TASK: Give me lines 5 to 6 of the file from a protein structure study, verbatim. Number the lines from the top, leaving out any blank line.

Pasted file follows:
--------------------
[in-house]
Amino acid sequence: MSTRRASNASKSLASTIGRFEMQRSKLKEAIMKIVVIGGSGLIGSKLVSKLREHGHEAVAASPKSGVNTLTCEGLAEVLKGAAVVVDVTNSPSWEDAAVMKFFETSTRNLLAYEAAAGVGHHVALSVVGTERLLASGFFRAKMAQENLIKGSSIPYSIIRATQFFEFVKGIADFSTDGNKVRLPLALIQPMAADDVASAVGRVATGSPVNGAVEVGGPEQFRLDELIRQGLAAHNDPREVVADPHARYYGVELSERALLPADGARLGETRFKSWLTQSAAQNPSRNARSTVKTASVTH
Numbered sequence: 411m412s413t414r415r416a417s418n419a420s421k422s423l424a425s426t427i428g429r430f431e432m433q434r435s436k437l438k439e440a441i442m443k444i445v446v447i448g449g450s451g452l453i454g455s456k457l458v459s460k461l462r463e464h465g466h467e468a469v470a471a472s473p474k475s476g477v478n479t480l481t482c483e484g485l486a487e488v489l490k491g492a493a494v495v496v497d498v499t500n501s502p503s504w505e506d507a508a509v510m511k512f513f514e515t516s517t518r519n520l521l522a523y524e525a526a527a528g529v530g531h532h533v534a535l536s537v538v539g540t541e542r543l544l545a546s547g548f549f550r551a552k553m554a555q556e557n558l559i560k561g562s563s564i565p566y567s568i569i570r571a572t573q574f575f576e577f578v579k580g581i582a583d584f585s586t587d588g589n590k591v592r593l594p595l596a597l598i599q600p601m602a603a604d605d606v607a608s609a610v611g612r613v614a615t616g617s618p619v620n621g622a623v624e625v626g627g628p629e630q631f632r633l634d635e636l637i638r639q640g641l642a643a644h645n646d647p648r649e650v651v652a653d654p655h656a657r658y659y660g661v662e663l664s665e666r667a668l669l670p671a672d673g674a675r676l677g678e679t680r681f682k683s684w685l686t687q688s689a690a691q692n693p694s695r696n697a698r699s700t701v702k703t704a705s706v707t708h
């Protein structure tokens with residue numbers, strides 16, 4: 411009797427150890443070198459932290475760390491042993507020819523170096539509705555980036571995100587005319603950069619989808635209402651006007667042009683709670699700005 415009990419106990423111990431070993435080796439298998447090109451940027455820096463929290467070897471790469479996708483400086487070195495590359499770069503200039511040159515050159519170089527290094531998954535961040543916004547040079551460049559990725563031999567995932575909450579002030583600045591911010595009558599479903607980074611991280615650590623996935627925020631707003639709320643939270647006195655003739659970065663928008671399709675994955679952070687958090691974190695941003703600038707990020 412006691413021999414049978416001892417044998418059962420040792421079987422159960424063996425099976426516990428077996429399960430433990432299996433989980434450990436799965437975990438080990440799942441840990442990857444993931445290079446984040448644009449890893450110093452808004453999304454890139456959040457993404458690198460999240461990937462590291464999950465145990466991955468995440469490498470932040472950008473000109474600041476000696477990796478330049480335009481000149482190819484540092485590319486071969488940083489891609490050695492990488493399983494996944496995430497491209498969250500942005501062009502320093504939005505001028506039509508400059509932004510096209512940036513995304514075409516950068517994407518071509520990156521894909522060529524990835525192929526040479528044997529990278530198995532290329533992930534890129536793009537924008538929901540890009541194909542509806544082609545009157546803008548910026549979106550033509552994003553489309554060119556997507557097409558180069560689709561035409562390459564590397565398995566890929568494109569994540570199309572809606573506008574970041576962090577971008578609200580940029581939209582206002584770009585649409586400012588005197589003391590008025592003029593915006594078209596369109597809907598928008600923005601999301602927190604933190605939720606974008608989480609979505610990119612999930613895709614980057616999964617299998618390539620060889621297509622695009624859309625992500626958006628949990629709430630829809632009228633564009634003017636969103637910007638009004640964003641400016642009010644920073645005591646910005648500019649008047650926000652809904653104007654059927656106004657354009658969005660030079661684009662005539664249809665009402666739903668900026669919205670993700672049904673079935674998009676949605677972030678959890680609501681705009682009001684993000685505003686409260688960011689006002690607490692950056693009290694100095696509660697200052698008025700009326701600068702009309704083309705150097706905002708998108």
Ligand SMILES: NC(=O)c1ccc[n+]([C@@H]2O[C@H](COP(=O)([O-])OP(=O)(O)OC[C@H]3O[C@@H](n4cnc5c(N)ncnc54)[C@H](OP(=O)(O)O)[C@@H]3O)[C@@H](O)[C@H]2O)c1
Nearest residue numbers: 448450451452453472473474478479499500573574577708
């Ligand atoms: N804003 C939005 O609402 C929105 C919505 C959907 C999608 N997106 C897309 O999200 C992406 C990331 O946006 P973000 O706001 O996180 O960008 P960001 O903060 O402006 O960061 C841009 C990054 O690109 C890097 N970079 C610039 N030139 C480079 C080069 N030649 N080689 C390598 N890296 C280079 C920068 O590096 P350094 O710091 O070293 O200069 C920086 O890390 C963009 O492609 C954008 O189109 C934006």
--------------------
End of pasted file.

Ligand SMILES: NC(=O)c1ccc[n+]([C@@H]2O[C@H](COP(=O)([O-])OP(=O)(O)OC[C@H]3O[C@@H](n4cnc5c(N)ncnc54)[C@H](OP(=O)(O)O)[C@@H]3O)[C@@H](O)[C@H]2O)c1
Nearest residue numbers: 448450451452453472473474478479499500573574577708